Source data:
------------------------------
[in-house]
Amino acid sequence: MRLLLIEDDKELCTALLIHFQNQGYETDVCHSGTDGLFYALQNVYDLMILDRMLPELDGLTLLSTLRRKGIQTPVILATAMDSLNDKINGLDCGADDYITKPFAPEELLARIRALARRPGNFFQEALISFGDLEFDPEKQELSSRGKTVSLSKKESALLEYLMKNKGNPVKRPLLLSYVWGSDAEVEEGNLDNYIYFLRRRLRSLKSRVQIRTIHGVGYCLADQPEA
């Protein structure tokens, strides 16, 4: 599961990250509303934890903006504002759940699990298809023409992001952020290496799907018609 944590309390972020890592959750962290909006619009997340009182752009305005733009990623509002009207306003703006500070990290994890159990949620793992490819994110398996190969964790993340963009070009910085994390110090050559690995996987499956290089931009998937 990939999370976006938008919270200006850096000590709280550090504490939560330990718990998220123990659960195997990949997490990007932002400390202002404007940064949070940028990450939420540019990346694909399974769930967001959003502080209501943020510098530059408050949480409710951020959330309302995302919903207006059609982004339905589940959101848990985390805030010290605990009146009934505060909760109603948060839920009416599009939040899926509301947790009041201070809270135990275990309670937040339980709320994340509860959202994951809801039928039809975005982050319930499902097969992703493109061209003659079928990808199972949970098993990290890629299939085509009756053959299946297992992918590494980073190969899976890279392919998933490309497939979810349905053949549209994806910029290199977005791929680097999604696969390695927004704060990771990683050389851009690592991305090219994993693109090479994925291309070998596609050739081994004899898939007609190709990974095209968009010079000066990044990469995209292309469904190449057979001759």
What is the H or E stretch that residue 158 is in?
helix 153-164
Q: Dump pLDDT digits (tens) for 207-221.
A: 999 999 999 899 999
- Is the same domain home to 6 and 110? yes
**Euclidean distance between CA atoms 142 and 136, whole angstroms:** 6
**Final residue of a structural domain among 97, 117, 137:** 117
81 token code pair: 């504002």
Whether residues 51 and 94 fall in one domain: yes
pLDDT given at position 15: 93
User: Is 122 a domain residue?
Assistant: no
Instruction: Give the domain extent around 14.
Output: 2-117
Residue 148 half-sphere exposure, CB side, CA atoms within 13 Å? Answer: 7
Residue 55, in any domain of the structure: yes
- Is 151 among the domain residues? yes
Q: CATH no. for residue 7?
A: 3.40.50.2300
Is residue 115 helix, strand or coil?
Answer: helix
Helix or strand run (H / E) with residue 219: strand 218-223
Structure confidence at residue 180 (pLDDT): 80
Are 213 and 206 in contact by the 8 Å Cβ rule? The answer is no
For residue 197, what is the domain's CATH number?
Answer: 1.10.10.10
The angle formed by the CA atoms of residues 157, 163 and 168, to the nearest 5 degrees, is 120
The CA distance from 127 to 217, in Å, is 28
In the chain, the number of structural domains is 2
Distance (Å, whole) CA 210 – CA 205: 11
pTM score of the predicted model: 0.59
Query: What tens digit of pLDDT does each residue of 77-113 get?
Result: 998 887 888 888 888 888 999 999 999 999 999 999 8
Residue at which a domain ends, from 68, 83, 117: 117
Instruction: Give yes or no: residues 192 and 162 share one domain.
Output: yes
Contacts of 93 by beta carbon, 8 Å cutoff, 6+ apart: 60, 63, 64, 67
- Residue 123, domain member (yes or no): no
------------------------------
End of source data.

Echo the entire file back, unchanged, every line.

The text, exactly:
[in-house]
Amino acid sequence: MRLLLIEDDKELCTALLIHFQNQGYETDVCHSGTDGLFYALQNVYDLMILDRMLPELDGLTLLSTLRRKGIQTPVILATAMDSLNDKINGLDCGADDYITKPFAPEELLARIRALARRPGNFFQEALISFGDLEFDPEKQELSSRGKTVSLSKKESALLEYLMKNKGNPVKRPLLLSYVWGSDAEVEEGNLDNYIYFLRRRLRSLKSRVQIRTIHGVGYCLADQPEA
């Protein structure tokens, strides 16, 4: 599961990250509303934890903006504002759940699990298809023409992001952020290496799907018609 944590309390972020890592959750962290909006619009997340009182752009305005733009990623509002009207306003703006500070990290994890159990949620793992490819994110398996190969964790993340963009070009910085994390110090050559690995996987499956290089931009998937 990939999370976006938008919270200006850096000590709280550090504490939560330990718990998220123990659960195997990949997490990007932002400390202002404007940064949070940028990450939420540019990346694909399974769930967001959003502080209501943020510098530059408050949480409710951020959330309302995302919903207006059609982004339905589940959101848990985390805030010290605990009146009934505060909760109603948060839920009416599009939040899926509301947790009041201070809270135990275990309670937040339980709320994340509860959202994951809801039928039809975005982050319930499902097969992703493109061209003659079928990808199972949970098993990290890629299939085509009756053959299946297992992918590494980073190969899976890279392919998933490309497939979810349905053949549209994806910029290199977005791929680097999604696969390695927004704060990771990683050389851009690592991305090219994993693109090479994925291309070998596609050739081994004899898939007609190709990974095209968009010079000066990044990469995209292309469904190449057979001759």
What is the H or E stretch that residue 158 is in?
helix 153-164
Q: Dump pLDDT digits (tens) for 207-221.
A: 999 999 999 899 999
- Is the same domain home to 6 and 110? yes
**Euclidean distance between CA atoms 142 and 136, whole angstroms:** 6
**Final residue of a structural domain among 97, 117, 137:** 117
81 token code pair: 């504002």
Whether residues 51 and 94 fall in one domain: yes
pLDDT given at position 15: 93
User: Is 122 a domain residue?
Assistant: no
Instruction: Give the domain extent around 14.
Output: 2-117
Residue 148 half-sphere exposure, CB side, CA atoms within 13 Å? Answer: 7
Residue 55, in any domain of the structure: yes
- Is 151 among the domain residues? yes
Q: CATH no. for residue 7?
A: 3.40.50.2300
Is residue 115 helix, strand or coil?
Answer: helix
Helix or strand run (H / E) with residue 219: strand 218-223
Structure confidence at residue 180 (pLDDT): 80
Are 213 and 206 in contact by the 8 Å Cβ rule? The answer is no
For residue 197, what is the domain's CATH number?
Answer: 1.10.10.10
The angle formed by the CA atoms of residues 157, 163 and 168, to the nearest 5 degrees, is 120
The CA distance from 127 to 217, in Å, is 28
In the chain, the number of structural domains is 2
Distance (Å, whole) CA 210 – CA 205: 11
pTM score of the predicted model: 0.59
Query: What tens digit of pLDDT does each residue of 77-113 get?
Result: 998 887 888 888 888 888 999 999 999 999 999 999 8
Residue at which a domain ends, from 68, 83, 117: 117
Instruction: Give yes or no: residues 192 and 162 share one domain.
Output: yes
Contacts of 93 by beta carbon, 8 Å cutoff, 6+ apart: 60, 63, 64, 67
- Residue 123, domain member (yes or no): no